# The Irishman who brought the humane drop to hanging

## Samuel Haughton discovered a method in which the neck is broken by the drop

In his study of hanging, Haughton considered an account in the Odyssey in which Homer described how 12 faithless handmaids of Penelope were hanged.

Samuel Haughton was born in Co Carlow in 1821. He entered Trinity College Dublin aged just 16 and graduated in 1843. He was elected a fellow in 1844 and was appointed professor of geology in 1851. He took up the study of medicine and graduated as a doctor of medicine in 1862, aged 40.

In addition to his expertise in geology and medicine, Haughton was a highly talented applied mathematician. His mathematical investigations included the study of the motion of solid and fluid bodies; solar radiation; climatology; animal mechanics; and ocean tides. One of his more bizarre applications of mathematics was to demonstrate a humane method of execution by hanging, by lengthening the drop to ensure instant death.

#### The long drop

Haughton’s investigation of hanging was published in the London, Edinburgh and Dublin Philosophical Magazine in 1866, under the title “On hanging, considered from a mechanical and physiological point of view”. He determined a humane method of execution in which the neck was broken by the drop, preventing the condemned prisoner from dying slowly and in agony.

Haughton included mechanical and medical calculations and argued that the long drop would have instantaneous effect. He ascertained that a drop energy equivalent to one ton falling through one foot would suffice. Thus, his first rule was: “Divide the weight of the patient in pounds into 2,240 and the quotient will give the length of the long drop in feet”. Thus, for a felon weighing 175 lb, a drop of 14 feet would be sufficient to ensure fracture of the spine and sudden death.

#### Penelope’s hang-maidens

In his study of hanging, Haughton considered an account in the 22nd book of the Odyssey, in which Homer described how 12 faithless handmaids of Penelope “lay by night enfolded in the suitors’ arms”. Her son Telemachus, with the help of his comrades, hanged all 12 handmaids on a single rope.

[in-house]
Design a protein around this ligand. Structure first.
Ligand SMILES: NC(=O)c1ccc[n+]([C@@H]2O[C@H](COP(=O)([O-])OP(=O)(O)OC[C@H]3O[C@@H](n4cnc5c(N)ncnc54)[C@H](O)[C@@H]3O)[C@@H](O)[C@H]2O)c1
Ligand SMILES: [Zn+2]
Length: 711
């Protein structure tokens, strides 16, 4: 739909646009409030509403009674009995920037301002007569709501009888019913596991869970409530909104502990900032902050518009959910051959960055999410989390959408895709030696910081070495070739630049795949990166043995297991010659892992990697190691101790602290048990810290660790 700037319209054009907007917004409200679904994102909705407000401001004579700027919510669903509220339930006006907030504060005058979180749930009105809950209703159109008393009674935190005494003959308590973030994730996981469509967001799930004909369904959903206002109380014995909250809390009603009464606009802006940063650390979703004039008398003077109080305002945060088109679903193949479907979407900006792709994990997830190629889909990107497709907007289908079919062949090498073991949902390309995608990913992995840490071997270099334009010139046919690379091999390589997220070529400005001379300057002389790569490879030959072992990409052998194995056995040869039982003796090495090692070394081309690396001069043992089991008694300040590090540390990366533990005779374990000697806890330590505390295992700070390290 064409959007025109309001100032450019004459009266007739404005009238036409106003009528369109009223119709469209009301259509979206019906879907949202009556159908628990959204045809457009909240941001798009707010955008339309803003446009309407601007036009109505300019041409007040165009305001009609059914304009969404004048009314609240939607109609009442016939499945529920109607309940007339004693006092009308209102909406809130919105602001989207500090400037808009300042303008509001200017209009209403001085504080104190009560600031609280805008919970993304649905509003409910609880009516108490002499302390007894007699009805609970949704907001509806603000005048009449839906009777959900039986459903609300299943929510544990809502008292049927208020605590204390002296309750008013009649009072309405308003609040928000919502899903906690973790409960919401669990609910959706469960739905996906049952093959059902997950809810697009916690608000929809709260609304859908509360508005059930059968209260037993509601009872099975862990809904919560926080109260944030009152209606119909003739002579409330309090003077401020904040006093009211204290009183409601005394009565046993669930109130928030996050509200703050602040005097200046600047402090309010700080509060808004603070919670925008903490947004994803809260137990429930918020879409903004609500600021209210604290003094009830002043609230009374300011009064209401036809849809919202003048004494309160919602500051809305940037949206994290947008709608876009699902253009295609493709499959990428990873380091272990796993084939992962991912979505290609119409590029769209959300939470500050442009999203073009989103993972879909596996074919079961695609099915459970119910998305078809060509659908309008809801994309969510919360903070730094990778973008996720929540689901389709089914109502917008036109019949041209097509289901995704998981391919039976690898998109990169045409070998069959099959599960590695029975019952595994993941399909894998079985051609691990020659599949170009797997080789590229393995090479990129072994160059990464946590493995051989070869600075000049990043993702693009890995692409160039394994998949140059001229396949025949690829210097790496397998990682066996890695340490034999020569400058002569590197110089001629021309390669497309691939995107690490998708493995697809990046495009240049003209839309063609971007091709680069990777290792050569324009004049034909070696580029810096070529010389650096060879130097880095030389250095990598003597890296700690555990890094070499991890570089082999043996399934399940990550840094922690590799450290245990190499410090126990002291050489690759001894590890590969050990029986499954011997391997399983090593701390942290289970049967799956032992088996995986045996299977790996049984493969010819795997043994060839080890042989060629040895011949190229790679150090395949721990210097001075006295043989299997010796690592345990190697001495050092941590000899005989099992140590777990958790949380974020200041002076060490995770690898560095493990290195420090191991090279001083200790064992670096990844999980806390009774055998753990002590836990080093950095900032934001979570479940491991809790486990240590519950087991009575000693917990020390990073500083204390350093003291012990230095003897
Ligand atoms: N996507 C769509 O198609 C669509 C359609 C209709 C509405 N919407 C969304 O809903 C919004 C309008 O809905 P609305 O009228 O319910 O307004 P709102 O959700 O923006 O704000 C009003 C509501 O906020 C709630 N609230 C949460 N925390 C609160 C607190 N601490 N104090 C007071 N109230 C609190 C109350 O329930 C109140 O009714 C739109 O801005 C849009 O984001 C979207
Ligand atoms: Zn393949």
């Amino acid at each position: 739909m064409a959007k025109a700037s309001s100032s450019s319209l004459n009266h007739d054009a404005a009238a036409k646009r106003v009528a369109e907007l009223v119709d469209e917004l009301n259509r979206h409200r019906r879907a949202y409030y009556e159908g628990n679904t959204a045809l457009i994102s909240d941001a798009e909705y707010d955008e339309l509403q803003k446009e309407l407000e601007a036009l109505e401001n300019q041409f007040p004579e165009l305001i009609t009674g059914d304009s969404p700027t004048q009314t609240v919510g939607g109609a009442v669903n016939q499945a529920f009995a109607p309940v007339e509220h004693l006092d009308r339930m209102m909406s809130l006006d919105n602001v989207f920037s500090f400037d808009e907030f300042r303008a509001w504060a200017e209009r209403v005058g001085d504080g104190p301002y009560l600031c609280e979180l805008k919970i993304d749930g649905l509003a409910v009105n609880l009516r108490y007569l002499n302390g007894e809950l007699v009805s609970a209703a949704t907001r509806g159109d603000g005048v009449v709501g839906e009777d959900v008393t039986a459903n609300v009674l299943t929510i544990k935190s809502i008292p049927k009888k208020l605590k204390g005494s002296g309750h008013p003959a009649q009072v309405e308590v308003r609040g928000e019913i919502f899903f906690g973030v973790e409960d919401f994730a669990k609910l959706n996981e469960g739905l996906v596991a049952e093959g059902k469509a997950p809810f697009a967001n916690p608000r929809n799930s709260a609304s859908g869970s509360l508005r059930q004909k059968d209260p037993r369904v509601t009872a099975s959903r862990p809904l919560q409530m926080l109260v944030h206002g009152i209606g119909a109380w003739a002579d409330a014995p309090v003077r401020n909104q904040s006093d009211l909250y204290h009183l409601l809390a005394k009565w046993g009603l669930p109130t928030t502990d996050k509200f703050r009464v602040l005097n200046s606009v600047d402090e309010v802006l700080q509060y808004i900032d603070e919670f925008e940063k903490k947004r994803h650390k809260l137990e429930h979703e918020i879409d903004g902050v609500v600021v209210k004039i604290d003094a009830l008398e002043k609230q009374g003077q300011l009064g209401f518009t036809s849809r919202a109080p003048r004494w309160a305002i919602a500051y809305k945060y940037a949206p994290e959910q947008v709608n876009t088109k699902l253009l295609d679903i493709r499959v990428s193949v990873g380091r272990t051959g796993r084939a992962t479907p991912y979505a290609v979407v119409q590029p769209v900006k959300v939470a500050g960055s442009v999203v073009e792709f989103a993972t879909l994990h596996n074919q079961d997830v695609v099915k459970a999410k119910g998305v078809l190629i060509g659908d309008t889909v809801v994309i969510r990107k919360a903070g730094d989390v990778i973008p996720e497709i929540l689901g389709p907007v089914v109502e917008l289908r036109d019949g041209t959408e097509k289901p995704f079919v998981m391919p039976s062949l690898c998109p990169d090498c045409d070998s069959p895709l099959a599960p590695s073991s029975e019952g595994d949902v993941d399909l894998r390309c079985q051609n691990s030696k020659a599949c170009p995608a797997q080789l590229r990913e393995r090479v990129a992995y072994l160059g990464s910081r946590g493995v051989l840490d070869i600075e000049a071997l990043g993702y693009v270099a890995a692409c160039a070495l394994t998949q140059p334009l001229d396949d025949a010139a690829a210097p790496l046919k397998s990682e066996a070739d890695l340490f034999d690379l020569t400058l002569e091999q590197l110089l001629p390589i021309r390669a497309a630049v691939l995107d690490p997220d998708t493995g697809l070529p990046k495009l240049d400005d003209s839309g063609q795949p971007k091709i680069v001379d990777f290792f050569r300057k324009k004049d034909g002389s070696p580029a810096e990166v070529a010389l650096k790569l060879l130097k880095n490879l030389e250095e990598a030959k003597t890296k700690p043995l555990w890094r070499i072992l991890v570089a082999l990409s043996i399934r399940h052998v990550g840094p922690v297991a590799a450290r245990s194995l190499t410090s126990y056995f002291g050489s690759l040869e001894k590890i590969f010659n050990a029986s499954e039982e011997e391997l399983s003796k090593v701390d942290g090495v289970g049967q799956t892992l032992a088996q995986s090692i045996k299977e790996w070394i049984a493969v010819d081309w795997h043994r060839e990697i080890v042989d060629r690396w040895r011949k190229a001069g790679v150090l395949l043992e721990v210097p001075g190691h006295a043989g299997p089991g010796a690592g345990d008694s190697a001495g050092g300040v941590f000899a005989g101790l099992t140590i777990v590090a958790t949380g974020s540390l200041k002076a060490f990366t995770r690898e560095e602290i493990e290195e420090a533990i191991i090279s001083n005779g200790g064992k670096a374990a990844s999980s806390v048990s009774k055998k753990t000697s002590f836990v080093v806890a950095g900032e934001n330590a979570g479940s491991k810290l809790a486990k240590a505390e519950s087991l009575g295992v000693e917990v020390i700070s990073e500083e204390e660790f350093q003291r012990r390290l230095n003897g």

The precise method is obscure; Haughton assumed that Telemachus fastened one end of a rope to the top of a pillar and tied 12 slip-knots which were placed around the necks of the women. The free end of the rope was then passed over another pillar, and “they all pulled together, in sailor fashion”, hoisting the women into the air, “That none, with quivering feet, might reach the floor . . . so they, suspended by the neck, expired/All in one line together”.

Haughton carried out a mechanical analysis of this arrangement, which formed what he called a funicular polygon (see picture). He found that the force required was equivalent to at least the weight of six women, making it quite impractical: it would not have been possible for the hangmen to lift all the women into the air together.

He concluded that another method must have been employed. Perhaps a hawser was passed in a circle around and under the dome, and the 12 women were hanged from nooses tied to it. They would have been lifted up one by one to swing clear of the ground.

Haughton’s formula for the drop-height was used for many decades in the performance of executions. Capital punishment in the Republic was abolished in 1964 for most offences – and completely in 1990.

Peter Lynch is emeritus professor at UCD’s School of Mathematics and Statistics – he blogs at thatsmaths.com